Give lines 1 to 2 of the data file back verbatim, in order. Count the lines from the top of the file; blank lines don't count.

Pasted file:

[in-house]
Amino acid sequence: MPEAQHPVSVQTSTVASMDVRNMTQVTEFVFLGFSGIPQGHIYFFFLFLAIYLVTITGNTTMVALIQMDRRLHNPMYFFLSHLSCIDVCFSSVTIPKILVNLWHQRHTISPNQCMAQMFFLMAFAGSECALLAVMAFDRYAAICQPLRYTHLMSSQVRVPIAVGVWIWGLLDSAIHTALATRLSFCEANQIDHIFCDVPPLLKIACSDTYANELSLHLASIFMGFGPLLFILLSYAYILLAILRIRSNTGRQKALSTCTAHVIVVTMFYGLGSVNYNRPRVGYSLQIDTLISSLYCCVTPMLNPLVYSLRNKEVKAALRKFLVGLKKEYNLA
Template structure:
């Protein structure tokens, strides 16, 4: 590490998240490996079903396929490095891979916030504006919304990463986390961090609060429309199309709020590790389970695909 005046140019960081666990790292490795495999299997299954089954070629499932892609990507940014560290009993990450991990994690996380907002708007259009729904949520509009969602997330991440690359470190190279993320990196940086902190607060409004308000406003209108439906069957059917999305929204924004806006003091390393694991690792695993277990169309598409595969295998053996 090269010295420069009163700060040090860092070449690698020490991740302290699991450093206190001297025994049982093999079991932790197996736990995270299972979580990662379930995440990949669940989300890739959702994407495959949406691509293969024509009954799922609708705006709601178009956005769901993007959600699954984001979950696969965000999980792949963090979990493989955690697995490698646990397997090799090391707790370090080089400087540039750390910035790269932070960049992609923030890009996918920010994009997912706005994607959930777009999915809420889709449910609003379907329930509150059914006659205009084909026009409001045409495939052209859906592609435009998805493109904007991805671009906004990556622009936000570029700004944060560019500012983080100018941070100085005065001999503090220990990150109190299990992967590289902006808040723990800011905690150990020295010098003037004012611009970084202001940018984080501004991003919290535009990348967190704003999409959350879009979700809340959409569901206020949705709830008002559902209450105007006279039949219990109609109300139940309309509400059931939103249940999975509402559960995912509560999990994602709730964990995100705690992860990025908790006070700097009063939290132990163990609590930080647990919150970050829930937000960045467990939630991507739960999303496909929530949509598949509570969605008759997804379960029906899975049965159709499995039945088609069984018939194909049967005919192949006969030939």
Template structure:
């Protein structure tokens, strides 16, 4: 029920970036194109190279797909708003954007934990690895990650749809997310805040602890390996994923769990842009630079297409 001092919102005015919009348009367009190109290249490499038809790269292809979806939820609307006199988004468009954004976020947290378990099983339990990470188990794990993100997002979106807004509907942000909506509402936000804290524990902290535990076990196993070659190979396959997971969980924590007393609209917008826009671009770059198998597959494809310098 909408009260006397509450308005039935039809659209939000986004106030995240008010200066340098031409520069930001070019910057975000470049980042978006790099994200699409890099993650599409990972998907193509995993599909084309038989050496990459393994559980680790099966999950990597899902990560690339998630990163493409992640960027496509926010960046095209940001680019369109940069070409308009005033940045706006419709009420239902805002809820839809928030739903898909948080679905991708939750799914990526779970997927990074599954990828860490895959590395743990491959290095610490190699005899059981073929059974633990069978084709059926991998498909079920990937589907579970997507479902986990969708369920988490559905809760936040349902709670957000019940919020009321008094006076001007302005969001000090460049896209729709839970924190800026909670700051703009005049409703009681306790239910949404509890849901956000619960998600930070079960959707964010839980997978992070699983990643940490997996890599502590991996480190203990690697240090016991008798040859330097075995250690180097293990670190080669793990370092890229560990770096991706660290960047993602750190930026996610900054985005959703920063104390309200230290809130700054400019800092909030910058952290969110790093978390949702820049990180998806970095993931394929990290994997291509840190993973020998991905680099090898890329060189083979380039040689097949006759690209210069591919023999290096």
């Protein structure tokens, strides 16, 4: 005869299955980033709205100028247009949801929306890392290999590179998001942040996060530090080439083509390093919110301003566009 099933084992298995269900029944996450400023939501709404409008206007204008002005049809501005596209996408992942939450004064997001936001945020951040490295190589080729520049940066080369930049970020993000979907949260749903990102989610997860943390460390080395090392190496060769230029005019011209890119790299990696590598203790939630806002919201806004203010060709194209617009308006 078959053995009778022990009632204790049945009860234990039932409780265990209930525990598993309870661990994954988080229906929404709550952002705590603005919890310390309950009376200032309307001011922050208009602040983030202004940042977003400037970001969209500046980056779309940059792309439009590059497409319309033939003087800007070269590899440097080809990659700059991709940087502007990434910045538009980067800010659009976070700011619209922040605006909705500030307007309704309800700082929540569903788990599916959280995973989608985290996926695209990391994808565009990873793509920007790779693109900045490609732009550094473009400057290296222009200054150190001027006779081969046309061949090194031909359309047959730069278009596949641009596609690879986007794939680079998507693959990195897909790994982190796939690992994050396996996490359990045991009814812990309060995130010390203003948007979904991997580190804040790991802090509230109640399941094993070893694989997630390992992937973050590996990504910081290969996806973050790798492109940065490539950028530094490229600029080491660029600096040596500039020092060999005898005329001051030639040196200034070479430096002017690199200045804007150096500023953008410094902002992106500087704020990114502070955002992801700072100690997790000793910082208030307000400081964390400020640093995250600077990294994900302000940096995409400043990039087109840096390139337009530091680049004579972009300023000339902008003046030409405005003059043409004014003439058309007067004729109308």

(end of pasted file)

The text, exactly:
[in-house]
Amino acid sequence: MPEAQHPVSVQTSTVASMDVRNMTQVTEFVFLGFSGIPQGHIYFFFLFLAIYLVTITGNTTMVALIQMDRRLHNPMYFFLSHLSCIDVCFSSVTIPKILVNLWHQRHTISPNQCMAQMFFLMAFAGSECALLAVMAFDRYAAICQPLRYTHLMSSQVRVPIAVGVWIWGLLDSAIHTALATRLSFCEANQIDHIFCDVPPLLKIACSDTYANELSLHLASIFMGFGPLLFILLSYAYILLAILRIRSNTGRQKALSTCTAHVIVVTMFYGLGSVNYNRPRVGYSLQIDTLISSLYCCVTPMLNPLVYSLRNKEVKAALRKFLVGLKKEYNLA